In other helicopters, particularly the teetering-rotor types, you need to make a bigger initial control movement, and then quickly move the controls back toward center to make up for lag in the system.
The hingeless rotor system responds to pilot inputs in about one-tenth of a second compared with half a second for a conventional articulated rotor, and nine-tenths of a second for the two-blade teetering-rotor systems. On a cool day, with full fuel and only Myers and me aboard, the BK 117 climbed out at more than 2,000 fpm pulling only maximum cruise power.
Even fully loaded, the helicopter can climb at 1,900 fpm using take-off power. Typical indicated cruise airspeed is around 135 knots, and the low vibration level doesn’t increase noticeably as you near redline.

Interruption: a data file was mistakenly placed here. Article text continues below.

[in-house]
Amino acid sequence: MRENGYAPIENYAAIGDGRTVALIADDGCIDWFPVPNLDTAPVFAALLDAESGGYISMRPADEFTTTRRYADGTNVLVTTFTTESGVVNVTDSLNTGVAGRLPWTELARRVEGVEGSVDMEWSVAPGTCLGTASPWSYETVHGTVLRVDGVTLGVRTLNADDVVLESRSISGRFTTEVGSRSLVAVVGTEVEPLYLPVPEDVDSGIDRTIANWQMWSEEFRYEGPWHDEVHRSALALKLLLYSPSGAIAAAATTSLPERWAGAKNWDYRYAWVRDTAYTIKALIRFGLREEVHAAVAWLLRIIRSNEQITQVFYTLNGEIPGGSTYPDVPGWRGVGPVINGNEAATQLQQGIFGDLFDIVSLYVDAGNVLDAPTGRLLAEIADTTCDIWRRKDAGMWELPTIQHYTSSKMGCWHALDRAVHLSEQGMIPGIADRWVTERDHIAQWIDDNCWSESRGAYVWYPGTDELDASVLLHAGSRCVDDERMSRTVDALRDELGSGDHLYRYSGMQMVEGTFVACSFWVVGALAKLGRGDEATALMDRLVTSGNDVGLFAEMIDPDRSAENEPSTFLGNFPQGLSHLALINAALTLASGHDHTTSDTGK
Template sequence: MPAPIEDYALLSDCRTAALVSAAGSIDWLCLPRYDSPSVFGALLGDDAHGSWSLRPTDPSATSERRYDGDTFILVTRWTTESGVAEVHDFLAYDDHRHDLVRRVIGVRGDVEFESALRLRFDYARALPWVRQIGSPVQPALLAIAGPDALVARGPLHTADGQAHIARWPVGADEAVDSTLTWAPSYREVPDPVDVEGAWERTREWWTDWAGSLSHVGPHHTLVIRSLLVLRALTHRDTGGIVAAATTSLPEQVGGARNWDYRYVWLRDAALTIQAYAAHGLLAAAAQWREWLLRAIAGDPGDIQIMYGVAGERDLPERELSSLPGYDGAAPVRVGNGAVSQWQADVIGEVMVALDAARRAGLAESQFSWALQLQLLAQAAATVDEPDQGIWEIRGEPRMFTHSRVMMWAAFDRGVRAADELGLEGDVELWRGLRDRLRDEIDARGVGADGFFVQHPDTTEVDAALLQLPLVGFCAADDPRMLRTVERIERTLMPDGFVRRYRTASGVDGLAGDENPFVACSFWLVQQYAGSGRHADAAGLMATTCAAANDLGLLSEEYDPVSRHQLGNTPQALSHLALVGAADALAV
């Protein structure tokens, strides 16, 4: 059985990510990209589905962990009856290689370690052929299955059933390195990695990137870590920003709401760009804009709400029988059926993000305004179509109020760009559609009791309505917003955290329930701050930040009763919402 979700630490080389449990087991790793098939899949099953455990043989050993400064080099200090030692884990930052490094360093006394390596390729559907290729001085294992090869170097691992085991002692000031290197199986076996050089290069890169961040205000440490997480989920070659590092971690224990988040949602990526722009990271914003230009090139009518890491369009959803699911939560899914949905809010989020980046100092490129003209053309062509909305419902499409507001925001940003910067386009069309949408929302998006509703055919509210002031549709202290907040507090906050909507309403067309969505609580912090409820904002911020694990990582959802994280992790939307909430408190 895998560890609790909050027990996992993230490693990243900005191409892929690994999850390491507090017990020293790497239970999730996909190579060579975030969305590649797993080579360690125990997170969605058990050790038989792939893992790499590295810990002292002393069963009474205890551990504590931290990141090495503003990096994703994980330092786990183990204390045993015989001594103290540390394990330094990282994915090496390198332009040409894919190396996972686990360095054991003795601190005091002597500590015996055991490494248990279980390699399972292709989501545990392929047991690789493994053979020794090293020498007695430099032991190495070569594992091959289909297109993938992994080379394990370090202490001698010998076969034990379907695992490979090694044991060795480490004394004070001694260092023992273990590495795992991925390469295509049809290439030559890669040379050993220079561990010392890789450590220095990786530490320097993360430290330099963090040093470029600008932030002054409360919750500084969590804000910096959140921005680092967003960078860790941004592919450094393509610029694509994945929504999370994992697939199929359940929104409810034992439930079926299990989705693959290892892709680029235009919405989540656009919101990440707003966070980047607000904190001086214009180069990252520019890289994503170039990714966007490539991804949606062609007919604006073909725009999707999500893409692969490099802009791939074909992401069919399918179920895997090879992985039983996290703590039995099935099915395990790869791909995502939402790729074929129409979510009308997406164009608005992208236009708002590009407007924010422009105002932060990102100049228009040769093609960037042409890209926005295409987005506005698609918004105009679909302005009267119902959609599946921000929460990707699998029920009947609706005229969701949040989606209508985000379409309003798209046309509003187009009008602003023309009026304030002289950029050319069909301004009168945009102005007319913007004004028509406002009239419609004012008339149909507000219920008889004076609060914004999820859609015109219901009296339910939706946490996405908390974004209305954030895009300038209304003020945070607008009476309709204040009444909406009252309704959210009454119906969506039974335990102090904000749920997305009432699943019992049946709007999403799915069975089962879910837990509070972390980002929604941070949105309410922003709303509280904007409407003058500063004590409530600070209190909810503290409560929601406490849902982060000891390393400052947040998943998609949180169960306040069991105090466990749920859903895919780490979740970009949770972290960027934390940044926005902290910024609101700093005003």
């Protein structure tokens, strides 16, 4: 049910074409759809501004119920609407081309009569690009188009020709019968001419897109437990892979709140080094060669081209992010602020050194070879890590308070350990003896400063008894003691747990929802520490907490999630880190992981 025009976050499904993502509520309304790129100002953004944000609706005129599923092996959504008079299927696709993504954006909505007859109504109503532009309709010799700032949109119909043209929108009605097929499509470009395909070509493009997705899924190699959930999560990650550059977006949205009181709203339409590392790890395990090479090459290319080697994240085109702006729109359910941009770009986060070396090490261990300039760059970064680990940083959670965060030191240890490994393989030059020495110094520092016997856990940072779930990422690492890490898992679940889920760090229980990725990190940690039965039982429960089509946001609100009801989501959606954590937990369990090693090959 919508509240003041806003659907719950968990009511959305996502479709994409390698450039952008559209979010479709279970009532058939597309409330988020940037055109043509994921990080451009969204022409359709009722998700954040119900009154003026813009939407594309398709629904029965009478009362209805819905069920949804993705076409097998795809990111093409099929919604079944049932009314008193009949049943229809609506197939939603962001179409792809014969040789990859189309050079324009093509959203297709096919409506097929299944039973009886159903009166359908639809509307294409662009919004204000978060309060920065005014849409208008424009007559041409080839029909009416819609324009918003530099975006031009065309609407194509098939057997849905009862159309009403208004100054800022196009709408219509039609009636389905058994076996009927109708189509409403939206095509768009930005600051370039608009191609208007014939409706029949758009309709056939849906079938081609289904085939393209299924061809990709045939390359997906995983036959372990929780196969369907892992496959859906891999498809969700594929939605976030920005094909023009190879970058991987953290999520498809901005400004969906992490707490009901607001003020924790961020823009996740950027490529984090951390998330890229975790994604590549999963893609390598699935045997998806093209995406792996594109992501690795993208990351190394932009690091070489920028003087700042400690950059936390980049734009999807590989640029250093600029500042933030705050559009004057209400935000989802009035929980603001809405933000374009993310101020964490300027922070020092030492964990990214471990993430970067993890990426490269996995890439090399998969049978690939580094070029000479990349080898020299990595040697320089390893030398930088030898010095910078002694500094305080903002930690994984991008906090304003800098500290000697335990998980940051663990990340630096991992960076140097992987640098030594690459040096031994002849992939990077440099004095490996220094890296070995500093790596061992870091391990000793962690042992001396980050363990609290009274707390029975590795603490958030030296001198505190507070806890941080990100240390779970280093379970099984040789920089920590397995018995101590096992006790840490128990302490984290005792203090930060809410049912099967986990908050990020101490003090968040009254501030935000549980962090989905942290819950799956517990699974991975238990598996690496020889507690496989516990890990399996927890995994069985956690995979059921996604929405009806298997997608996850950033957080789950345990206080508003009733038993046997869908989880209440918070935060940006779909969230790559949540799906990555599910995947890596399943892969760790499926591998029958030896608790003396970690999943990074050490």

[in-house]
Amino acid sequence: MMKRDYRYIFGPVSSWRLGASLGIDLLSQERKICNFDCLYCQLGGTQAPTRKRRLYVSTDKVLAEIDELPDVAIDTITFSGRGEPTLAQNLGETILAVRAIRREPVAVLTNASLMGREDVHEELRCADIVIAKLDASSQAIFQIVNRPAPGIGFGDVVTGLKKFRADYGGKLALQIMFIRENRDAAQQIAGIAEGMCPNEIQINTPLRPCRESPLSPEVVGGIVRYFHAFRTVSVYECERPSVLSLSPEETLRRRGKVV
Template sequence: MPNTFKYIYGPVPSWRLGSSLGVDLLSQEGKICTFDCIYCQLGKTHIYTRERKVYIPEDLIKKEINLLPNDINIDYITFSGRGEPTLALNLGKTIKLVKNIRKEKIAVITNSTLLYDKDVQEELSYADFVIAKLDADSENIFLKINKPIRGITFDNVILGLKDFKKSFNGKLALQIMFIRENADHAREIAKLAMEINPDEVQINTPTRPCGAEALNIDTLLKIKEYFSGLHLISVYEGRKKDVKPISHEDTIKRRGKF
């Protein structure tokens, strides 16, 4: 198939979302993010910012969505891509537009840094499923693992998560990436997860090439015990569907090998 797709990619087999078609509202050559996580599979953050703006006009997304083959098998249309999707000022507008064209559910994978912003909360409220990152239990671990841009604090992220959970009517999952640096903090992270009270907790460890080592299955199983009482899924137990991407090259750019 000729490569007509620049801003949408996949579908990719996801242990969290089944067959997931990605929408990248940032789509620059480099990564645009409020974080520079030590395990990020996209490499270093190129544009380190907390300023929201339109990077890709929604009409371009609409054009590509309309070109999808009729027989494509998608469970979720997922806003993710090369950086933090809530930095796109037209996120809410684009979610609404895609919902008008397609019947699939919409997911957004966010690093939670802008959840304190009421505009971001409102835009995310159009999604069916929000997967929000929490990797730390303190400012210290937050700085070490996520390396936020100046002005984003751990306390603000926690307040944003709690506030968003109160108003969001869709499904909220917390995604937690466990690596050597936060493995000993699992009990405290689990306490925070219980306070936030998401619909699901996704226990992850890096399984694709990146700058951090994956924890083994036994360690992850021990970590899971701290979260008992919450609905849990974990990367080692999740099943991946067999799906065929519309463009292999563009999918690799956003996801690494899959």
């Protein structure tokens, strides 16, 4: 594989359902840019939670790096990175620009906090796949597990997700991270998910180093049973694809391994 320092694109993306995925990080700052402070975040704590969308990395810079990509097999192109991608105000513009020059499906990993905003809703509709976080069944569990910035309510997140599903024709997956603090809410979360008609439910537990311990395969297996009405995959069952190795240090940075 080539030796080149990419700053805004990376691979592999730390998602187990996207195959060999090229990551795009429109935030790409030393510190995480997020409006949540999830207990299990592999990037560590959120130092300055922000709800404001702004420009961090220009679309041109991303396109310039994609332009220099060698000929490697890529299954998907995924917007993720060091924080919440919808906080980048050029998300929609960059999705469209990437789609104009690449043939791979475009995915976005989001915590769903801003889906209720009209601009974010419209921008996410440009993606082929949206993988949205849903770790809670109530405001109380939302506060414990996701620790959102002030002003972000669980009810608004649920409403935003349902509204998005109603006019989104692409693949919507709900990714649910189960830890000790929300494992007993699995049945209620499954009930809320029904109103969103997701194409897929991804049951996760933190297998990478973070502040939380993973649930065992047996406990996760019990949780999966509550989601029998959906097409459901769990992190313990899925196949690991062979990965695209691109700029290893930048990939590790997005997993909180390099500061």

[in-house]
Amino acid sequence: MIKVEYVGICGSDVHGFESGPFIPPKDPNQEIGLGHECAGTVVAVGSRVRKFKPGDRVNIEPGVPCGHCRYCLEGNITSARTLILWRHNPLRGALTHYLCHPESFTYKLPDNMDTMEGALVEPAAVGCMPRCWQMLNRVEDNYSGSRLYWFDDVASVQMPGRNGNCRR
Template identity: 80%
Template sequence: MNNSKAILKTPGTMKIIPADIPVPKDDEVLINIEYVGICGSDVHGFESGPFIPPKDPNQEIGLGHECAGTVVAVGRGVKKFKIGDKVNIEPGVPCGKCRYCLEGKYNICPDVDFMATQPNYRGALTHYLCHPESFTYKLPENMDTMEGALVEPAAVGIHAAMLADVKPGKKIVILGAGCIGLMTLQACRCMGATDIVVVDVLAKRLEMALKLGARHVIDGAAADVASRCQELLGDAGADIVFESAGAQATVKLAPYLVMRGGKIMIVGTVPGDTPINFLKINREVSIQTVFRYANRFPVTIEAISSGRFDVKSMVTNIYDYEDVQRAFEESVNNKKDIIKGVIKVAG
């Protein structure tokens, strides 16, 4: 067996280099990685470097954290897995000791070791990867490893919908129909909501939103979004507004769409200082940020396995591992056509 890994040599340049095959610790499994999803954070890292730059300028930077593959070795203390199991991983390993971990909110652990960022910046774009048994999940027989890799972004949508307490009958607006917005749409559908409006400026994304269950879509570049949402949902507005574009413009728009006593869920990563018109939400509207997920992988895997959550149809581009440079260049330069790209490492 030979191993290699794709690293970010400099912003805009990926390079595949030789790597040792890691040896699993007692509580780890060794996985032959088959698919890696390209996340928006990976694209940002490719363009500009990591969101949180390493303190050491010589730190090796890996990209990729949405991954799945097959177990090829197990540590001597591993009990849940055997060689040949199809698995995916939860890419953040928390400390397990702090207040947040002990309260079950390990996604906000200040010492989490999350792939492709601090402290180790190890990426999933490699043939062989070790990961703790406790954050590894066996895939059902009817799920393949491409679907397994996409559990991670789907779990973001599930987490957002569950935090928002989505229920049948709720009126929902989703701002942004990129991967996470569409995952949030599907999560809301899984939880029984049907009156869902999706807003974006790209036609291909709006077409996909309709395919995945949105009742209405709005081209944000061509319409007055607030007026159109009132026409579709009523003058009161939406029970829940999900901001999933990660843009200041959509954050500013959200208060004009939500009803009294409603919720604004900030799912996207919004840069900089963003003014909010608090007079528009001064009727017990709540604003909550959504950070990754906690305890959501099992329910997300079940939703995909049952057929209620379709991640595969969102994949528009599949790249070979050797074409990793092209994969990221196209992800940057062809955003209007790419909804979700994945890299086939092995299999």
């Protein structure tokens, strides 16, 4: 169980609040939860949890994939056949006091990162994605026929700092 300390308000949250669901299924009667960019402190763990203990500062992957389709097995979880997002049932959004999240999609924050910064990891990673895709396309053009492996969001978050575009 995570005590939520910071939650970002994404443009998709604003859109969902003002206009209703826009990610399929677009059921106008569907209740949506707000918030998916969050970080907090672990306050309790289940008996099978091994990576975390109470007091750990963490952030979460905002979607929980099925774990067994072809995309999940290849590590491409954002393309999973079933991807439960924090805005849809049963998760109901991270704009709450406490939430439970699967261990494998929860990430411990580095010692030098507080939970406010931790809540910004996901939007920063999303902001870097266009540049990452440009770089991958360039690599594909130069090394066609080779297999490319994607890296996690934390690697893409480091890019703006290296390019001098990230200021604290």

The responsiveness of the machine is so great that I couldn’t resist the temptation to bank 45 degrees for a normal turn. Turns only began to feel steep at 75 degrees of bank and, with a little more power and back pressure on the cyclic, I could easily hold altitude with the bank angle around 80 degrees.
The BK 117 can be pushed over to a -1 G while other types of rotor systems can be dicey at anything less than a positive G. A flick of the wrist sends the helicopter into an impossibly tight turn at low airspeed, all without worry of exceeding any kind of rotor limits.
It’s nice to know that you can push over hard in the BK 117 — and we all love to try it — but I couldn’t think of a situation where that would be useful. Myers has. He had me zero the airspeed in a hover at 3,500 feet, and he suddenly pulled back both engines.